‘Comfort shopping’

Ain’t nothing wrong with a little retail therapy. If you’re using your end-of-the-month surplus on fun items for you, your home or others, I totally get it. Chase that serotonin rush – times are hard out here!

All that aside, as a consumer, I find market trends and marketing techniques during COVID so interesting. Absolutely no shade if you end up buying that $80 face cream because #selfcare (I’ve been there), but I have a fun time dissecting the ways in which digital marketers are extorting the current moment for financial gain. Think about it the next time you’re about to buy something you 100% would not have in a pandemic-less world.

Donating more than ever

On the other side of the spectrum, many Americans who have a little extra to spend right now are helping out their communities and other funds by donating to them. Whether it be mutual aid funds that provide meals to members of the community who need it right now, or to national funds that support disenfranchised or marginalized groups hit hardest by the pandemic, Americans are donating more than ever – especially with their stimulus checks!

It’s always interesting to see how large-scale events impact micro-economies, such as individual American households. The discrepancy between those who are working and those who are not plays a crucial role in dissecting spending habits but have less to do with the overall picture than one might think.

It will be interesting to see if COVID-induced spending habits will just be a fad for these dire times, or if they will continue after a vaccine is widely distributed. It seems only time will tell.

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Business Finance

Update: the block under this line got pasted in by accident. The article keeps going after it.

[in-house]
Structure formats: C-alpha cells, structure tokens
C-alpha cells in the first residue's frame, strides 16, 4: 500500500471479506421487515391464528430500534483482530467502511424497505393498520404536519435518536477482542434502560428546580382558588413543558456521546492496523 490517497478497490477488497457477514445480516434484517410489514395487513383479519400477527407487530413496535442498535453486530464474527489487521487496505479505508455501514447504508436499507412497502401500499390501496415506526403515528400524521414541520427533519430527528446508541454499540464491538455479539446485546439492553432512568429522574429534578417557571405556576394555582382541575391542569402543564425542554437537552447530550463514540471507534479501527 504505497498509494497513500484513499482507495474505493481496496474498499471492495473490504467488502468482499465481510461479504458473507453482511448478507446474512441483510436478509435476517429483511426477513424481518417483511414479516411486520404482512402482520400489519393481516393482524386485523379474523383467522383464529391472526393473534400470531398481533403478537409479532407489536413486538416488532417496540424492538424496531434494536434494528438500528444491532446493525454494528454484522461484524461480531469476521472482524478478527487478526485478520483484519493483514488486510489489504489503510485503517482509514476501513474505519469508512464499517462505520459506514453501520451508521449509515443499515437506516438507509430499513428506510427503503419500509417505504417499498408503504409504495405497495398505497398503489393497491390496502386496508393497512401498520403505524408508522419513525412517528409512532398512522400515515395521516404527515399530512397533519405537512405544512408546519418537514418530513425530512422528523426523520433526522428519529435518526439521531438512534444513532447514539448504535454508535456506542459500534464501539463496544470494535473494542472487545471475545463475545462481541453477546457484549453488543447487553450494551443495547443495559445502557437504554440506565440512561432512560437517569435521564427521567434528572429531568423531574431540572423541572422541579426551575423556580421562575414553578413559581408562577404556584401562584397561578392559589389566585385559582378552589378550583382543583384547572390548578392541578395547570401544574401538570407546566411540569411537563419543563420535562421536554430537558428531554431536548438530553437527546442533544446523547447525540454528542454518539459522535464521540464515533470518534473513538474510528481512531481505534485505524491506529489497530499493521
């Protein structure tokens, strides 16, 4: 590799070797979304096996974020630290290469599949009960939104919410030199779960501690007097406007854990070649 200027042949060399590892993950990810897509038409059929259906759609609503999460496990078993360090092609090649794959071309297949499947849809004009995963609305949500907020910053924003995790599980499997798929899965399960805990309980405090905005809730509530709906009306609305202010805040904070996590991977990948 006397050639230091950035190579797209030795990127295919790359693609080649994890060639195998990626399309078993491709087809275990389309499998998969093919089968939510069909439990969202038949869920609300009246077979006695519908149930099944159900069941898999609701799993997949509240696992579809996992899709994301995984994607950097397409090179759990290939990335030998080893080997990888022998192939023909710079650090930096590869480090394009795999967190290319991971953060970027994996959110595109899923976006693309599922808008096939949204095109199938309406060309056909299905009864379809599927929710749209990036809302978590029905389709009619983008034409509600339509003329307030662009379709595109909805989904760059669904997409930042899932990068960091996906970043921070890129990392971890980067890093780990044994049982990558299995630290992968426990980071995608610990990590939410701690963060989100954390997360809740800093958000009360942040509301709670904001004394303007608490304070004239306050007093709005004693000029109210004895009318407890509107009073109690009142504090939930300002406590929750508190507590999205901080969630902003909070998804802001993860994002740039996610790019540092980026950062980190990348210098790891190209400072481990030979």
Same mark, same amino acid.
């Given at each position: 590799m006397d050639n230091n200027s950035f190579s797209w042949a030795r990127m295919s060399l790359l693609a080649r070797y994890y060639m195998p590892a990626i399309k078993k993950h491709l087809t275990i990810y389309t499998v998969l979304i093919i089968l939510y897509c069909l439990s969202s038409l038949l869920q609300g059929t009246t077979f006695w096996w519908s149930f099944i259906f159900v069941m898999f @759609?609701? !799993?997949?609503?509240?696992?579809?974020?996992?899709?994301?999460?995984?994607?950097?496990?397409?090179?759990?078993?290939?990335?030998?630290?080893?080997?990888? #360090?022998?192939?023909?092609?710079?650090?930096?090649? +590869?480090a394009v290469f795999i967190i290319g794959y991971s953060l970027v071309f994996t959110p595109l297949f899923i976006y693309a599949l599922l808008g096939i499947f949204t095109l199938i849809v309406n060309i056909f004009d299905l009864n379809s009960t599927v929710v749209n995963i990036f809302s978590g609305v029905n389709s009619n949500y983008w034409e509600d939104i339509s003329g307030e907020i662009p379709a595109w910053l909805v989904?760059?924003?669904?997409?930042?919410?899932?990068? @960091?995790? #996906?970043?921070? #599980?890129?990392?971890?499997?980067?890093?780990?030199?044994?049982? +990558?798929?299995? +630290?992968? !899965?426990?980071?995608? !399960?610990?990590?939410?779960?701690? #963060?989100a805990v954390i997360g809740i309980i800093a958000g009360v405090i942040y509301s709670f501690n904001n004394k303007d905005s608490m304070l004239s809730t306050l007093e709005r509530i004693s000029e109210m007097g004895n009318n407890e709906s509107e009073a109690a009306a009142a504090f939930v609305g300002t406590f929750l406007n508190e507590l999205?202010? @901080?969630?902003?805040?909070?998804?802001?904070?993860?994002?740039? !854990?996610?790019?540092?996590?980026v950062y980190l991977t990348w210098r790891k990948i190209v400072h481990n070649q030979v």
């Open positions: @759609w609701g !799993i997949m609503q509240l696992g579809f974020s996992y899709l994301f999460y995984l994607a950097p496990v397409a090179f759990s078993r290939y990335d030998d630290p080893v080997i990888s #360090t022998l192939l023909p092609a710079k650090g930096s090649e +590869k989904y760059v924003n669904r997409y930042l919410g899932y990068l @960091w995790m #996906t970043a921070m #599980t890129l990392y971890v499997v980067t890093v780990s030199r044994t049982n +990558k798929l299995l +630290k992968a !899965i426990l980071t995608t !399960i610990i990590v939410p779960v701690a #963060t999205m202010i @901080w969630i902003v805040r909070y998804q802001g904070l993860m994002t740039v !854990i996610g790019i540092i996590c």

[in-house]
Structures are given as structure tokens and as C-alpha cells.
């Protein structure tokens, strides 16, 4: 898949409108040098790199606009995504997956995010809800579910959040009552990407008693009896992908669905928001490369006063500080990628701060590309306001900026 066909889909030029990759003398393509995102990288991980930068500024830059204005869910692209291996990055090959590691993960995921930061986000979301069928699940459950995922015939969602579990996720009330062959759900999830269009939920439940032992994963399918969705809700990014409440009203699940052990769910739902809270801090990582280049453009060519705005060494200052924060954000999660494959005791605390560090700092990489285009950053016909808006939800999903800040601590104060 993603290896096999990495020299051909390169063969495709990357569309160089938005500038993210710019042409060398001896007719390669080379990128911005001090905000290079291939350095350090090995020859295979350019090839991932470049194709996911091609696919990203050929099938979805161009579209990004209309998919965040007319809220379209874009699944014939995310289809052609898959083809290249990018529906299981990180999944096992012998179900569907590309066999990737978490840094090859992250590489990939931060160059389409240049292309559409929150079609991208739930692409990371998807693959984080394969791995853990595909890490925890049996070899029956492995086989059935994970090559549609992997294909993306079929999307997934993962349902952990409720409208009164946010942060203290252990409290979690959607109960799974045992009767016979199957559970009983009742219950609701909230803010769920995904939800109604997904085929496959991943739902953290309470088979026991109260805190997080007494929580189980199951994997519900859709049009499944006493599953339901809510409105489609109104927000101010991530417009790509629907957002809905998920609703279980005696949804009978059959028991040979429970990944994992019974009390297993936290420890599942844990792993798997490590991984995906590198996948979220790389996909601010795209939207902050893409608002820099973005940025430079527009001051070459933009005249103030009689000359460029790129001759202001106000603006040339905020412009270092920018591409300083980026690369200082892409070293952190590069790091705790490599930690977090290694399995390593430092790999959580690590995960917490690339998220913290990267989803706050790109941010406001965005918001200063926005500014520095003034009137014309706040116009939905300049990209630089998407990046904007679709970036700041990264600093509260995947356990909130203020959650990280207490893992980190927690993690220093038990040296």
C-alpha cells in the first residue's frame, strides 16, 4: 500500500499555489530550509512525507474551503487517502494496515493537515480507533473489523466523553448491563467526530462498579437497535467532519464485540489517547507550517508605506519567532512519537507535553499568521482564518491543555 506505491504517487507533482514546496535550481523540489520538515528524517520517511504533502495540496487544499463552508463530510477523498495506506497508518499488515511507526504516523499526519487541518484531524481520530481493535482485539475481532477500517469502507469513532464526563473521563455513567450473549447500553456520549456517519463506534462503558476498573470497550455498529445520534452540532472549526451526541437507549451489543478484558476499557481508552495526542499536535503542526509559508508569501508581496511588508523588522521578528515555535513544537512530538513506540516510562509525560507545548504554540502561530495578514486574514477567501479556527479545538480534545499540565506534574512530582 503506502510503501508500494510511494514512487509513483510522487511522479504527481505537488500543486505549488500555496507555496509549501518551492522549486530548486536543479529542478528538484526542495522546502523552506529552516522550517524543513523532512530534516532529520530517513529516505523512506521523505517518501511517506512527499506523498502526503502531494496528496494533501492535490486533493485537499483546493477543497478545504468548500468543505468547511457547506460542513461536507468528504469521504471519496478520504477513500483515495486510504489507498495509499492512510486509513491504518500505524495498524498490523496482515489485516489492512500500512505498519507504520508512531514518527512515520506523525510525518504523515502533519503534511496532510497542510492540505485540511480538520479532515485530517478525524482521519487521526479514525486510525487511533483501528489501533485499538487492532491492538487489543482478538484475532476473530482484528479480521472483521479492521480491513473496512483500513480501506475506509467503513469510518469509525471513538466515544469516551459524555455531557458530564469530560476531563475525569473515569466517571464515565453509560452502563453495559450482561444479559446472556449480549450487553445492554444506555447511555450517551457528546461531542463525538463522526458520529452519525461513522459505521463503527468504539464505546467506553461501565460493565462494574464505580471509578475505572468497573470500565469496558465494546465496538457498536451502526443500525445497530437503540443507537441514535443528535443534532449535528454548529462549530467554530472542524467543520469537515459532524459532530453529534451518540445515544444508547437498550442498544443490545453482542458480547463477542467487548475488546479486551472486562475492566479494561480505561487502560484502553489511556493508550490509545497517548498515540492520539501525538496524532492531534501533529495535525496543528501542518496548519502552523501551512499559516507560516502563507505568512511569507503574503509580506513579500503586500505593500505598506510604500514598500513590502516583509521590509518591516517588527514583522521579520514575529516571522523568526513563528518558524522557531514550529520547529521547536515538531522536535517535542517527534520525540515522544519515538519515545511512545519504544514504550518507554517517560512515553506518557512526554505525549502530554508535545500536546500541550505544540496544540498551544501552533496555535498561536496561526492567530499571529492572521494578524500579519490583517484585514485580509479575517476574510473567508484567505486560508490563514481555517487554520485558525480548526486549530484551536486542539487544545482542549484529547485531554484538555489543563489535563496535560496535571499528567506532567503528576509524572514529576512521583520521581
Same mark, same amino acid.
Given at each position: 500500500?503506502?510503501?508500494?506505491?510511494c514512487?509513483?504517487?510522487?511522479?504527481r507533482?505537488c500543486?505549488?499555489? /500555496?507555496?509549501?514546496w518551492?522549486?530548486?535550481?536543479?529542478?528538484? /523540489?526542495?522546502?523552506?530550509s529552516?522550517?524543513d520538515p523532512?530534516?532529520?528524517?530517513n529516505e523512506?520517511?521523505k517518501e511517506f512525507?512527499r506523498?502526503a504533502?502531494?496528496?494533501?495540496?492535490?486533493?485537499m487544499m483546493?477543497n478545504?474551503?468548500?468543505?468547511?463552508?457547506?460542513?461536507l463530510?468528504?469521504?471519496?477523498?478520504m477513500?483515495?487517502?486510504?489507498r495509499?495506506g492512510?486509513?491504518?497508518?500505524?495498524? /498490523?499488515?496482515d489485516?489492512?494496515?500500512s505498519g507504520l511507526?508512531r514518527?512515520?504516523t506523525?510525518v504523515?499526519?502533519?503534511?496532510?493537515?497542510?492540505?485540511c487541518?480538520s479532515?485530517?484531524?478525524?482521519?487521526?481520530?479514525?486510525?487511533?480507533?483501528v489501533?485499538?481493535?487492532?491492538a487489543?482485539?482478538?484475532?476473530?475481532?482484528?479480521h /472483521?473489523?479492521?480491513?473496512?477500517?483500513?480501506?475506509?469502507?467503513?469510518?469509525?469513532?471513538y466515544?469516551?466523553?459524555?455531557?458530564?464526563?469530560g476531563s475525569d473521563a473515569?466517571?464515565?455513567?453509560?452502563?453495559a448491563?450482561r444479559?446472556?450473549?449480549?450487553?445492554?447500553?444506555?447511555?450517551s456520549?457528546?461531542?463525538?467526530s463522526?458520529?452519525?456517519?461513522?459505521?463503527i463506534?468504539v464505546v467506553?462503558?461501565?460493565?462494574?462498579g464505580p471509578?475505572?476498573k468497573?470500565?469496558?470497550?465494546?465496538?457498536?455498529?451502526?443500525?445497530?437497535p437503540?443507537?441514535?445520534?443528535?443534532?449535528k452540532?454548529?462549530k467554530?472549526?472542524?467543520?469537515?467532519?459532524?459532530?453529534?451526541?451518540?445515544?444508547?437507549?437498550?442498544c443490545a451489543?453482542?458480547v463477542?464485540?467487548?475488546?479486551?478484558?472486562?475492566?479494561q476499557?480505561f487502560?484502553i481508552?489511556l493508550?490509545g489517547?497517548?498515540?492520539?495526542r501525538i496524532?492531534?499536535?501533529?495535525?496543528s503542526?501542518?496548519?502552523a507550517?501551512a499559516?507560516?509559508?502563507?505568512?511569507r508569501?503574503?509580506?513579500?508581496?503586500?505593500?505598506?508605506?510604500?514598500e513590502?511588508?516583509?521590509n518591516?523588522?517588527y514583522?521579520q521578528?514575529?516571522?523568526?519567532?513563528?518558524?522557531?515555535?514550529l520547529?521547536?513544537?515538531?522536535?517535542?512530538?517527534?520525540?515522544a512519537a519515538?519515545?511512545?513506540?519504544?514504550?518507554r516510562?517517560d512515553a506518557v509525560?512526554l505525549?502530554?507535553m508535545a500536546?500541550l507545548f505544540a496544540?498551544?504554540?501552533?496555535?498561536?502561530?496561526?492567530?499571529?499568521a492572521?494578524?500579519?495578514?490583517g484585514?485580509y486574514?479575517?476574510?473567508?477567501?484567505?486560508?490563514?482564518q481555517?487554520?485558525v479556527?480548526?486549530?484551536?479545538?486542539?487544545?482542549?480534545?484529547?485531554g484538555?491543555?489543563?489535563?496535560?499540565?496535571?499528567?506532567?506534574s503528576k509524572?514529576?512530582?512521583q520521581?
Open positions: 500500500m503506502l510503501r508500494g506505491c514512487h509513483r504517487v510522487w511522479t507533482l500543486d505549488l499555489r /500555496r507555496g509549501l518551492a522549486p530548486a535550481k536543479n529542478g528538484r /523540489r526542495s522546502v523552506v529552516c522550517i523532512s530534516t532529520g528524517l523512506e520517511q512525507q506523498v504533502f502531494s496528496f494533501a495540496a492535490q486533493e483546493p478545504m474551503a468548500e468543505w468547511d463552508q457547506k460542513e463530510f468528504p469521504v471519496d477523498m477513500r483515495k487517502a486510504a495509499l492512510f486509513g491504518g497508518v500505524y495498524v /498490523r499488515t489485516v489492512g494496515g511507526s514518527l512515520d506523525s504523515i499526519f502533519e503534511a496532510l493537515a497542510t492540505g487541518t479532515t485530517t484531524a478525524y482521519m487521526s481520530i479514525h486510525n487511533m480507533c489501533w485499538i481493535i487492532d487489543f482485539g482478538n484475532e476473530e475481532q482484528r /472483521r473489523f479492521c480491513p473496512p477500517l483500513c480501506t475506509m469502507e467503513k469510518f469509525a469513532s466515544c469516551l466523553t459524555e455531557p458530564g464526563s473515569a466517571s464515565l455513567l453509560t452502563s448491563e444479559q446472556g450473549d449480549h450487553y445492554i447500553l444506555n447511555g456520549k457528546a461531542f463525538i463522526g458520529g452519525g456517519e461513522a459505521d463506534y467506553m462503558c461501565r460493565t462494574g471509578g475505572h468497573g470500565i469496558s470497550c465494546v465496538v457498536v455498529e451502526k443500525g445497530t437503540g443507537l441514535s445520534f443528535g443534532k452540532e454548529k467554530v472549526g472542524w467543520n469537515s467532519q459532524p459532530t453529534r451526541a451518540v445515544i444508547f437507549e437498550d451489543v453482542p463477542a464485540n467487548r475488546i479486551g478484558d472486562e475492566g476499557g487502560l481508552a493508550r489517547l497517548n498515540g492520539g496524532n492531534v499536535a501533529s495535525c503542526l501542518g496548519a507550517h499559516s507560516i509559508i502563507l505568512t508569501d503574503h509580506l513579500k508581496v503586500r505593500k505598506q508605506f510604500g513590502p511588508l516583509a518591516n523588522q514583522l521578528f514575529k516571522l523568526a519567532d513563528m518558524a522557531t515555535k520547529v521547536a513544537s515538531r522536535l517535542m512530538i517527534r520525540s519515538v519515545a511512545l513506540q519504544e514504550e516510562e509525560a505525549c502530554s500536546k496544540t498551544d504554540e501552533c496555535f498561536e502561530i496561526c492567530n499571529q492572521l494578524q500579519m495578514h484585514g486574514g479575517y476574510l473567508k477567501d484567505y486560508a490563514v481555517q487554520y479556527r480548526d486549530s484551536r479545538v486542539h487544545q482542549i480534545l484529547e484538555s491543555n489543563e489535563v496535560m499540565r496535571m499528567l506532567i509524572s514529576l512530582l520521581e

Will China’s new digital currency really compete with the US Dollar?

(BUSINESS FINANCE) It isn’t the first time that China has tried to compete with the dollar, but the release of a digital currency has lead some economists to raise red flags.

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Man holding phone in one hand and credit card in other hand, handling digital currency.

For decades the US has been the world standard for foreign trade. As of 2019, 88% of all trades were being backed by that almighty dollar, making it the backbone of the world economy. However, China may be sneaking in something new for digital currency. 

In the last few months, over 100k people were “airdropped” cold hard digital currency. This currency came from People’s Bank of China (PBOC), who has created a digital manifestation of the Chinese yuan. This is planned to run concurrently with its paper and coin playmates. Upon initial inspection, they resemble the same structure as Bitcoin and Ethereum. But there’s a major difference here: The Chinese government is the one fronting the money.

The suspected plan behind this is that the government plans to tightly control the value of the digital yuan, which they are known to do with the paper one as well. This would create a unique item within the world of cryptocurrency. Personally, I don’t think that any of this is going to go anywhere soon. Too many people still need hard currency but it does open up a unique aspect of currency that has only just started since debit and credit cards. It gives the government the ability to spy on its cryptocurrency users. Being able to monitor transaction flows can reveal things like tax evasion and spending habits. There is even the possibility of experimenting with expiring cash.

But how does this affect the US? There’s a method that has been used by Americans since WWII called dollar weaponization.  The exchange domination allows the US government to monitor how the dollars move across the border. Along with that monitoring they are actually able to freeze people out of global financial products as well. It’s a phenomenal amount of power to hold. 

The concern for economists is that the price fixing capabilities of this new currency as well as its backer being an entire countries government could affect everything about the global financial system. Only time will tell how true that turns out to be.

There are a number of possibilities that could come up honestly and they could fall flat on their face unless they put their entire monetary worth behind it. Only time will tell but some economists are already calling for DigiDollars from the American government. Another step into the future.